Image credit: Edmund Evans, Wikimedia Commons // Public Domain

Every summer Sunday in the city of Hamelin, actors gather in the old town center to pay homage to a strange, enduring legacy. As the story goes, in 1284, townspeople hired a rat catcher to lure away the vermin that had overrun their village. He did, except the citizens of Hamelin cheated the man out of his payment. So the man—a “pied” piper—returned a year later and lured their children away, too.

A now-destroyed stained glass window from 1300 is among the first known records of the Pied Piper story, though there’s also a supposed eyewitness account from the time, which states in Latin that "130 children were taken from the town by a piper dressed in many colours.” Later on, a 15th century manuscript asserted:

In the year of 1284, on the day of Saints John and Paul on June 26, by a piper, clothed in many kinds of colours, 130 children born in Hamelin were seduced, and lost at the place of execution near the koppen.

The Brothers Grimm and Robert Browning brought the legend of the Pied Piper to the English-speaking world in the 19th century—but what of this 800-year-old tale is actually true?

For one, probably not the rats. They weren’t added to the story until the 16th century, which led some to believe that the Black Death was the true cause of the children’s deaths. That theory has been largely discarded, though, because the plague didn’t hit Europe until the mid-1300s. Several other theories—from a dancing illness, to recruitment by the doomed "Children’s Crusade," to pagan rituals—have been put forth in an attempt to get at the real roots of the story. It’s also entirely possible that the youngsters were part of a migration eastward, possibly to Transylvania of all places. (Maybe the colorful man with the flute was just a really convincing real estate salesman?) In any case, nearly all of the theorists seem to agree that the Pied Piper and his rat-whispering abilities were the personification of a force that those left behind in Hamelin could not control.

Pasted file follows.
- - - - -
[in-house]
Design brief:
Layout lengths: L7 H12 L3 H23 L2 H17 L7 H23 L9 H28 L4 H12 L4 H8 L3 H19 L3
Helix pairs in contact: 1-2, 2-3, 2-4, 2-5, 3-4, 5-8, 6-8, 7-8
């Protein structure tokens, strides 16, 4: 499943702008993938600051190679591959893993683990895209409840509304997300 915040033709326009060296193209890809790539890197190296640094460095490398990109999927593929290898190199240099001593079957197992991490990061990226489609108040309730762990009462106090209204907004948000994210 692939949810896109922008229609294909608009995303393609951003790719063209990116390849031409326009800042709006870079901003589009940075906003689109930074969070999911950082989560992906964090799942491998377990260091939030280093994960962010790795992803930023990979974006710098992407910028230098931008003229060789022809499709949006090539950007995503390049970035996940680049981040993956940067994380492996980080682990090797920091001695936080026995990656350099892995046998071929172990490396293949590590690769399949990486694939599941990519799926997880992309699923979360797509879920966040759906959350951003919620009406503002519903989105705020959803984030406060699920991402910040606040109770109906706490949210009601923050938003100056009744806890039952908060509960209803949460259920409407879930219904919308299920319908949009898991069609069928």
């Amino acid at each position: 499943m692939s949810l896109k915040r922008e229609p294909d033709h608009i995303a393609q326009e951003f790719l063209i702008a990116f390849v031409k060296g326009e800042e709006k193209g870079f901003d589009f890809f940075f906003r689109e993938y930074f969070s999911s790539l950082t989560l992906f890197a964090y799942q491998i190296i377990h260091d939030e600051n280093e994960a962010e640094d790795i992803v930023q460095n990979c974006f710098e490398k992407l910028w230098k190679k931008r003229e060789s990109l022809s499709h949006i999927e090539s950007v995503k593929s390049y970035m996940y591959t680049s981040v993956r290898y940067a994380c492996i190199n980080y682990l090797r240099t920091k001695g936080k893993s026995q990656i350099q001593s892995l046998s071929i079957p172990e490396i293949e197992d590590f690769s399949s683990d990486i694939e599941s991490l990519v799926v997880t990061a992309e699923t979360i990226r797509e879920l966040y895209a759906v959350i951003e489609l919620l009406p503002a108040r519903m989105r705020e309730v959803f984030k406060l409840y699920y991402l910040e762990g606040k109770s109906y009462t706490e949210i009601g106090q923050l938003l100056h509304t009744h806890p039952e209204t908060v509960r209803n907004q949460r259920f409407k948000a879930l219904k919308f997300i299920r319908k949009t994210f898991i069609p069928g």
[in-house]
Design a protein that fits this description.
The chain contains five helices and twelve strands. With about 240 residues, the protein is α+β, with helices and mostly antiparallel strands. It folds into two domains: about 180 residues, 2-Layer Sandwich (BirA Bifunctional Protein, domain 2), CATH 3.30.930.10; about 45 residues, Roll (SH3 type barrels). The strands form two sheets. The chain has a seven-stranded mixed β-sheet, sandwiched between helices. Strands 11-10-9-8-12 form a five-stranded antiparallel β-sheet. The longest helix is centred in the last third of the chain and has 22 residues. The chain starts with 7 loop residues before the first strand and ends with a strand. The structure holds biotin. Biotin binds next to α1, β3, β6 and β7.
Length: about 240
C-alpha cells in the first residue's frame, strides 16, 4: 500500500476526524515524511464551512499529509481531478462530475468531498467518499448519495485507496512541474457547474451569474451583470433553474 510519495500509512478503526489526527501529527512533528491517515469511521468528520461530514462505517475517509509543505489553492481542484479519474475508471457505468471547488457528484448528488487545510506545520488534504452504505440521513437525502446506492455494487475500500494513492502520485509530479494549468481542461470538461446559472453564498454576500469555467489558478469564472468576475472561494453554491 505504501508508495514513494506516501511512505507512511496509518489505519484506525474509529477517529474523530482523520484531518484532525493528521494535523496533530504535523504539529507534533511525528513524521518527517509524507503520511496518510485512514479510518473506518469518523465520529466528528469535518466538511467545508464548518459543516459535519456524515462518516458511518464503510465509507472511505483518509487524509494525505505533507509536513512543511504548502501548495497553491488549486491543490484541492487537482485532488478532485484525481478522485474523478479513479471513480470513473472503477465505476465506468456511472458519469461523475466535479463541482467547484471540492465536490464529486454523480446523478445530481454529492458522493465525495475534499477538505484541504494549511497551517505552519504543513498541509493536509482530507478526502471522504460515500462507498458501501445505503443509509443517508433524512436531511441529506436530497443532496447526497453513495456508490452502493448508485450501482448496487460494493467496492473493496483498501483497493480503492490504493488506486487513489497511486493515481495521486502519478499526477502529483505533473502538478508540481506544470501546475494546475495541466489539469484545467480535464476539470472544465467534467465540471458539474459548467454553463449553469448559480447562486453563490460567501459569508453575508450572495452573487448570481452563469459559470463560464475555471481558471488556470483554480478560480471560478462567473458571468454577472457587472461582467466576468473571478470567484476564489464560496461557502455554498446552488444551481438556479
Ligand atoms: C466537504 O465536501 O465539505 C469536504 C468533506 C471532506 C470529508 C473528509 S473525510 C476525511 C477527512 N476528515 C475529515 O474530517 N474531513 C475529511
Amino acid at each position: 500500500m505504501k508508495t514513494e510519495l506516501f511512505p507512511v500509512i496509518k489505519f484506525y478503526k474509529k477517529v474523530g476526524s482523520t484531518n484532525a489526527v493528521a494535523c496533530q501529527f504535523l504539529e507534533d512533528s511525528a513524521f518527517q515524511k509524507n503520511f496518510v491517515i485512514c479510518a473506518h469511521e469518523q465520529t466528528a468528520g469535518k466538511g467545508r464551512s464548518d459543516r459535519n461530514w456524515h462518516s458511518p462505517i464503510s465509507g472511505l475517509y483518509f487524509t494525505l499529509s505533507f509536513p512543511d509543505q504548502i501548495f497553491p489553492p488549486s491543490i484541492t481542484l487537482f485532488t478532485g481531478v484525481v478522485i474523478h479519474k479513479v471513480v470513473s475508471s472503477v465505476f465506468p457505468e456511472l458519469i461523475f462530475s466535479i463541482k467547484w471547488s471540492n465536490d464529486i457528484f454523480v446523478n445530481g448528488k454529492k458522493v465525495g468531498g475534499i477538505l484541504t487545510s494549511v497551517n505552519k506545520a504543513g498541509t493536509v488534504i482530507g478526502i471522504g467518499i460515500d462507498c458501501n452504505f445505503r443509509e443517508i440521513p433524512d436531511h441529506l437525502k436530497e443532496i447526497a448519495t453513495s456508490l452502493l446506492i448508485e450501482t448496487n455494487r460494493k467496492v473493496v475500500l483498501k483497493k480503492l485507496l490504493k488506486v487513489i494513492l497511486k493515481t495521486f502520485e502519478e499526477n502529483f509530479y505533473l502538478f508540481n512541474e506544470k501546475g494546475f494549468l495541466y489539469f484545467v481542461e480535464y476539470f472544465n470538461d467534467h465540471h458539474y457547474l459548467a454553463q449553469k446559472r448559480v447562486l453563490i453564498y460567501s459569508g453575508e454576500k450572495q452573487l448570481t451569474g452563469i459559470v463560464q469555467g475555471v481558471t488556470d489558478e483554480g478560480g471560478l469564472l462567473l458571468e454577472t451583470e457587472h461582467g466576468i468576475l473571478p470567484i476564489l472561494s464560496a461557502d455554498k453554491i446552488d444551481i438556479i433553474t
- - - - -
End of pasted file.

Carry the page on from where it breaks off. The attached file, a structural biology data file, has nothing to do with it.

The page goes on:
Today, the wounds have mostly healed. On the Bungelosenstrasse, the street where the Pied Piper House is located (and where the children were supposedly last seen), music is banned as a sign of respect. But in the rest of the town, rat iconography is everywhere. An automated clock tower tells the tale three times a day, there’s a Pied Piper statue, a musical take on the story, RATS, plus bars that serve “rat’s blood” cocktails (a mix of champagne and blackcurrant juice) and “rat’s tails” (pork, sliced thin). Twice a day, bells chime the Pied Piper melody. Whatever the cause of the eerie disappearance back in 1284, the children of Hamelin are certainly not forgotten.